The goals of the eight-week summer program in Moshi, Tanzania are to enhance the cross-cultural competence of participants and to provide students with the opportunity to gain broad knowledge about global health issues in the Tanzanian context. Participants live with a local family and, for the first four weeks of their stay, enroll in a course at Kilimanjaro Christian Medical University College (KCMU-Co). In this course, students learn about current policy issues and work in teams with Tanzanian students to develop, negotiate, write, and present a new policy case study. 

During the second half of the program, students contribute forty hours of service per week to a local non-governmental organization, hospital, or government agency through a service project that is tailored to the student's interests in global health.

The most meaningful part of my field experience in Tanzania was the relationships I developed that broadened my perspective, worldview, and interests. The friendships I made with the Tanzanian medical students through working together on the policy case study, as well as with other Cornell students in my cohort, made the experience more fun and enriching. Living with a homestay family allowed me to experience the culture first-hand and these relationships provided me with a support system throughout the experience that will continue to be valuable in the future.

Molly Frommer
student, Global Health Program, Tanzania
four global health students in group photo smiling for the camera

Each year the Global Health Program welcomes and hosts students, faculty, and staff from our international partnerships and programs on Cornell’s campus.

As a part of our collaboration with KCMU-Co in Moshi, Tanzania, the Global Health Program hosts two international scholars from KCMU-Co every spring. During their time on campus, visiting scholars attend classes and explore their academic interests, while also interacting with students in the Global Health Program both in and out of the classroom.

Summer Program Applications can be submitted through the Office of Global Learning. Applications are open annually from late September to early November. Further details can be found here at Experience Cornell.

What is the cost of the program?

The cost of the program will be approximately $9,000. This includes Cornell tuition (4 credits), airfare, room and board, service placement fees, optional excursions, immunizations, and visa. Don’t let the program cost deter you from applying, as there are grants and scholarships to support student participation in the program, especially those students who qualify for financial aid.  If you have concerns about this, reach out!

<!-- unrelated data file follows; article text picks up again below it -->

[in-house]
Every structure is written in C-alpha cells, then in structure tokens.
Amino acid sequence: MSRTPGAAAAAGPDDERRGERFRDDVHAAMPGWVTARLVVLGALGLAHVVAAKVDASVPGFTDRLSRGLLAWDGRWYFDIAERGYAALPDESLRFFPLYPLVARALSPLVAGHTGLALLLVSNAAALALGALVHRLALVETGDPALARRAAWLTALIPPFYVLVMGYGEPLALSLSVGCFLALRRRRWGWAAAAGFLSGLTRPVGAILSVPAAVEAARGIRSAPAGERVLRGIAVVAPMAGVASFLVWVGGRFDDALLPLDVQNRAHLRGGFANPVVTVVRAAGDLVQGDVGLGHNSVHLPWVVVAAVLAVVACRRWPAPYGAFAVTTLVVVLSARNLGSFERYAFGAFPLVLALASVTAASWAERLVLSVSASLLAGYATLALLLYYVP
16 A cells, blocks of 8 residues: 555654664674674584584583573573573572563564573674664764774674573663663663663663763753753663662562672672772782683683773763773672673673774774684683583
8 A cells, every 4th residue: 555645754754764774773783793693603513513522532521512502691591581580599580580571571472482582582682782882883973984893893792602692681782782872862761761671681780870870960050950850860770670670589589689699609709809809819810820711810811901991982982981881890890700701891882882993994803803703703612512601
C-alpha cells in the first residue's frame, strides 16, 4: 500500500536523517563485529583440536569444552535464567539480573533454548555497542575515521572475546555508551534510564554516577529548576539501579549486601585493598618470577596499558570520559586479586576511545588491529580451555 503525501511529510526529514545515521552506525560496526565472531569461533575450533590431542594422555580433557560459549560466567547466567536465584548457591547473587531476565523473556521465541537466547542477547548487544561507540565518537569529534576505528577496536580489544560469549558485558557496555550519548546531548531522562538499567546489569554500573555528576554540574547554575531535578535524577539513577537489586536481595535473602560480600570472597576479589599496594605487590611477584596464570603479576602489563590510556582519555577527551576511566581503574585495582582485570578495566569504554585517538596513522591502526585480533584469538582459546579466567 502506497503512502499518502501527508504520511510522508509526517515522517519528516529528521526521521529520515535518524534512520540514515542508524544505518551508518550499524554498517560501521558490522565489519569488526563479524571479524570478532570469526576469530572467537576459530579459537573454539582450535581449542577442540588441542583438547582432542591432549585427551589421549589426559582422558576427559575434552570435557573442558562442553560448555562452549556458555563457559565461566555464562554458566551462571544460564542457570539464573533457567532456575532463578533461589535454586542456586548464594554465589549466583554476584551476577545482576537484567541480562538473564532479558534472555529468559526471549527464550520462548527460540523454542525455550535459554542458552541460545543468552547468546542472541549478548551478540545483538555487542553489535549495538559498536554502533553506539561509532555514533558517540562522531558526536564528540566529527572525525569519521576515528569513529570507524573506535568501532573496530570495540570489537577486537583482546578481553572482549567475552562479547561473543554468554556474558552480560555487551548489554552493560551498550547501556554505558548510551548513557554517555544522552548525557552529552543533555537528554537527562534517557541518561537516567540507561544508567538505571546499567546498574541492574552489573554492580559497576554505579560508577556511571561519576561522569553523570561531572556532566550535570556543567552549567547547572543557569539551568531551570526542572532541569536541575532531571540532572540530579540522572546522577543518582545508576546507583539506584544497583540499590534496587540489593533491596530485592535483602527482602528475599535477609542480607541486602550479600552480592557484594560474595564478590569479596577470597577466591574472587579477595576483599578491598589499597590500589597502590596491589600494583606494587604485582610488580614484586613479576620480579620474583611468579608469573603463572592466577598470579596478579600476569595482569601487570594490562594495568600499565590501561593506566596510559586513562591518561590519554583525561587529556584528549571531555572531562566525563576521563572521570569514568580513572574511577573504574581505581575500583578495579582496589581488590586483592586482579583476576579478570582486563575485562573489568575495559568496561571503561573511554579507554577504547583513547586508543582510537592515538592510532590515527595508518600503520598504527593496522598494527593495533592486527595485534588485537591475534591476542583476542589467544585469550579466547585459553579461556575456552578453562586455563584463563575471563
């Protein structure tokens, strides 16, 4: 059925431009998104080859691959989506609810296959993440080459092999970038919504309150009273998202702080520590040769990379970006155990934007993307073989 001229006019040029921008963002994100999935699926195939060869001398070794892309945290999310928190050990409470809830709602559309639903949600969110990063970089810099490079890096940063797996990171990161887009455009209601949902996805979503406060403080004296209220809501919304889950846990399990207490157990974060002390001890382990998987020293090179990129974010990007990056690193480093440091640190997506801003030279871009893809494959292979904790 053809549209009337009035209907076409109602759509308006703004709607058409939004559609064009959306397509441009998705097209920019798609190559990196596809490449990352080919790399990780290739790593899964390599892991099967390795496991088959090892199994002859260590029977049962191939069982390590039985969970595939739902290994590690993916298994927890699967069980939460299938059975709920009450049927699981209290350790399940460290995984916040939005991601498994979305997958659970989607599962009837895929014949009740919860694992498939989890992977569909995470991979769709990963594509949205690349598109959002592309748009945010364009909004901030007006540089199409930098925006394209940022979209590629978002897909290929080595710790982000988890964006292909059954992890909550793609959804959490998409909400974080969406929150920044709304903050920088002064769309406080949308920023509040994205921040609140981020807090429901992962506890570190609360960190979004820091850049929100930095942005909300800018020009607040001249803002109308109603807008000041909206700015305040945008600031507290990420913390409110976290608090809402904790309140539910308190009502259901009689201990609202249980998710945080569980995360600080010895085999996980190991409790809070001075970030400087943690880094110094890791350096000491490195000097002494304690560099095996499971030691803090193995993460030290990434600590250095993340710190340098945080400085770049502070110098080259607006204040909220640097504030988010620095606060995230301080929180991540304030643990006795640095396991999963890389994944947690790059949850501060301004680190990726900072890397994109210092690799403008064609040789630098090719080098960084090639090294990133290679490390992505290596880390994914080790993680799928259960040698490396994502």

Where would I be living?

While in Tanzania, every student participates in a homestay with a local family. This is a wonderful opportunity for students to learn about life in Tanzania and to form strong, lasting relationships with members of the Moshi community. Each student is placed in a homestay with a fellow Cornell student. All of the homes are located within walking distance of Kilamanjaro Christian Medical University-College (KCMU-Co), where the students are enrolled in a course. Students often find that the most enjoyable moments of their trip are ones spent cooking, shopping, and conversing with their host families.

What are some examples of service placements?

As part of their service-learning experience in Tanzania, students are placed in a service project with a local NGO, government agency, or hospital that is tailored to their personal interests in global health. The goal of these service projects is to help students gain firsthand experience in dealing with pressing global health issues from a variety of perspectives. All of the service projects are located either in Moshi or a neighboring rural village. Each student may work individually or with other Cornell students at their service project site. Some of the opportunities have a strong healthcare component, while others are more focused on community development. Examples of past service projects include shadowing doctors in a rural hospital setting, working at a center for children with disabilities, working with the Network Against Female Genital Mutilation, and teaching at a school in a rural village.

Are there any prerequisites for this program?

Yes - all students must have taken NS 2600: Introduction to Global Health to participate in this program. Additionally, students will be required to enroll in NS 4620 (1 credit pre-departure seminar) and SWAHL 1107 (1 credit Swahili language seminar) in the spring semester.

Who should I contact if I have more questions?

Contact the Global Health Program at